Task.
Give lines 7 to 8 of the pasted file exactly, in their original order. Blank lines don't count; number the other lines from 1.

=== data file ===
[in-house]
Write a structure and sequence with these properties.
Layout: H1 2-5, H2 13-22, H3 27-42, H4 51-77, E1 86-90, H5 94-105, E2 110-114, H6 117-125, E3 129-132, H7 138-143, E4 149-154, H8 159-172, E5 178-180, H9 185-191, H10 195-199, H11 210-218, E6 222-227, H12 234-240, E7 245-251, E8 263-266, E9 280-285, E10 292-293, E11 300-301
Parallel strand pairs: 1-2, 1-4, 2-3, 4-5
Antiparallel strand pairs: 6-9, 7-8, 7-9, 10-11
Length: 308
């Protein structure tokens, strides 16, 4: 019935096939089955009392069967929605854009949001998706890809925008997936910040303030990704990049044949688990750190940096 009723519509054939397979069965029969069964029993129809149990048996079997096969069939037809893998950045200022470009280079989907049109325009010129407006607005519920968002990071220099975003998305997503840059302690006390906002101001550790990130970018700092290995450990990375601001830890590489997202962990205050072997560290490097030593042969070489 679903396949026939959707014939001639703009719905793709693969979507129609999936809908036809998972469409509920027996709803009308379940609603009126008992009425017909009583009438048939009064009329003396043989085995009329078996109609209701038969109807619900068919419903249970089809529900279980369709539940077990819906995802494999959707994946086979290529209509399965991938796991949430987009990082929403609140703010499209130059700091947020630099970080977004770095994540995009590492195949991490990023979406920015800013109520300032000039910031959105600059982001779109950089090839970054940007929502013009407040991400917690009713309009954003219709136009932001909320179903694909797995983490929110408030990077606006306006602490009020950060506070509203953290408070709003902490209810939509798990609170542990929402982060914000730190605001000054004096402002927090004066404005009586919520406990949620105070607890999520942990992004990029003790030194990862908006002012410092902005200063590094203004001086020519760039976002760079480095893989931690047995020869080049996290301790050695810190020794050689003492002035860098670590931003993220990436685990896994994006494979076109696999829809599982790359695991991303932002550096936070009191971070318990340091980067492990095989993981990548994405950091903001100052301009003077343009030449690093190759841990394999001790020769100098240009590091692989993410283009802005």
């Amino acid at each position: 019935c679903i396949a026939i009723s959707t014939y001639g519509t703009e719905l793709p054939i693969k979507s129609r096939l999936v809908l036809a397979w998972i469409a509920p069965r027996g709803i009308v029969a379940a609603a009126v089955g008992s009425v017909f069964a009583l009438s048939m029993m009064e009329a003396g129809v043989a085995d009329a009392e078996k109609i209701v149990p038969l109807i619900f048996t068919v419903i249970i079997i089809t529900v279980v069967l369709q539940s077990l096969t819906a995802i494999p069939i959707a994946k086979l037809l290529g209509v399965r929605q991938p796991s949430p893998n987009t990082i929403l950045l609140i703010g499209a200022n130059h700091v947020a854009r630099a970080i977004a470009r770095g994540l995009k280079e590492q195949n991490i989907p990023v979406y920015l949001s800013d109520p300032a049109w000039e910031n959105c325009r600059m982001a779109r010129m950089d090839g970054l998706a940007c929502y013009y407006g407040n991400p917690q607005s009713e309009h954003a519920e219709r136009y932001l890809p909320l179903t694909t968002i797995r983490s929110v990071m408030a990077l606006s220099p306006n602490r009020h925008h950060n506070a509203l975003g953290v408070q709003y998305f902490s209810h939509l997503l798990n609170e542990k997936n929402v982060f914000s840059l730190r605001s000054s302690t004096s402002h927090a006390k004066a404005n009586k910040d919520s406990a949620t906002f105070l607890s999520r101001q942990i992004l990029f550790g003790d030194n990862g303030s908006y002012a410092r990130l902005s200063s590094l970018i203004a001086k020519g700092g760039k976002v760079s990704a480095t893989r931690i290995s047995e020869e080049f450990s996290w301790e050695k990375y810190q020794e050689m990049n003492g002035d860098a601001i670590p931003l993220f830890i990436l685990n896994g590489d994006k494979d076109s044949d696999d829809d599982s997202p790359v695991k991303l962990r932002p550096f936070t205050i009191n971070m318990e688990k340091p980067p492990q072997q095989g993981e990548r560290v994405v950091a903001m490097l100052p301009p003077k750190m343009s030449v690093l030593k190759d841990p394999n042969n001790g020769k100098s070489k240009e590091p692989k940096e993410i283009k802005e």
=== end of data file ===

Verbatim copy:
């Protein structure tokens, strides 16, 4: 019935096939089955009392069967929605854009949001998706890809925008997936910040303030990704990049044949688990750190940096 009723519509054939397979069965029969069964029993129809149990048996079997096969069939037809893998950045200022470009280079989907049109325009010129407006607005519920968002990071220099975003998305997503840059302690006390906002101001550790990130970018700092290995450990990375601001830890590489997202962990205050072997560290490097030593042969070489 679903396949026939959707014939001639703009719905793709693969979507129609999936809908036809998972469409509920027996709803009308379940609603009126008992009425017909009583009438048939009064009329003396043989085995009329078996109609209701038969109807619900068919419903249970089809529900279980369709539940077990819906995802494999959707994946086979290529209509399965991938796991949430987009990082929403609140703010499209130059700091947020630099970080977004770095994540995009590492195949991490990023979406920015800013109520300032000039910031959105600059982001779109950089090839970054940007929502013009407040991400917690009713309009954003219709136009932001909320179903694909797995983490929110408030990077606006306006602490009020950060506070509203953290408070709003902490209810939509798990609170542990929402982060914000730190605001000054004096402002927090004066404005009586919520406990949620105070607890999520942990992004990029003790030194990862908006002012410092902005200063590094203004001086020519760039976002760079480095893989931690047995020869080049996290301790050695810190020794050689003492002035860098670590931003993220990436685990896994994006494979076109696999829809599982790359695991991303932002550096936070009191971070318990340091980067492990095989993981990548994405950091903001100052301009003077343009030449690093190759841990394999001790020769100098240009590091692989993410283009802005």
């Amino acid at each position: 019935c679903i396949a026939i009723s959707t014939y001639g519509t703009e719905l793709p054939i693969k979507s129609r096939l999936v809908l036809a397979w998972i469409a509920p069965r027996g709803i009308v029969a379940a609603a009126v089955g008992s009425v017909f069964a009583l009438s048939m029993m009064e009329a003396g129809v043989a085995d009329a009392e078996k109609i209701v149990p038969l109807i619900f048996t068919v419903i249970i079997i089809t529900v279980v069967l369709q539940s077990l096969t819906a995802i494999p069939i959707a994946k086979l037809l290529g209509v399965r929605q991938p796991s949430p893998n987009t990082i929403l950045l609140i703010g499209a200022n130059h700091v947020a854009r630099a970080i977004a470009r770095g994540l995009k280079e590492q195949n991490i989907p990023v979406y920015l949001s800013d109520p300032a049109w000039e910031n959105c325009r600059m982001a779109r010129m950089d090839g970054l998706a940007c929502y013009y407006g407040n991400p917690q607005s009713e309009h954003a519920e219709r136009y932001l890809p909320l179903t694909t968002i797995r983490s929110v990071m408030a990077l606006s220099p306006n602490r009020h925008h950060n506070a509203l975003g953290v408070q709003y998305f902490s209810h939509l997503l798990n609170e542990k997936n929402v982060f914000s840059l730190r605001s000054s302690t004096s402002h927090a006390k004066a404005n009586k910040d919520s406990a949620t906002f105070l607890s999520r101001q942990i992004l990029f550790g003790d030194n990862g303030s908006y002012a410092r990130l902005s200063s590094l970018i203004a001086k020519g700092g760039k976002v760079s990704a480095t893989r931690i290995s047995e020869e080049f450990s996290w301790e050695k990375y810190q020794e050689m990049n003492g002035d860098a601001i670590p931003l993220f830890i990436l685990n896994g590489d994006k494979d076109s044949d696999d829809d599982s997202p790359v695991k991303l962990r932002p550096f936070t205050i009191n971070m318990e688990k340091p980067p492990q072997q095989g993981e990548r560290v994405v950091a903001m490097l100052p301009p003077k750190m343009s030449v690093l030593k190759d841990p394999n042969n001790g020769k100098s070489k240009e590091p692989k940096e993410i283009k802005e």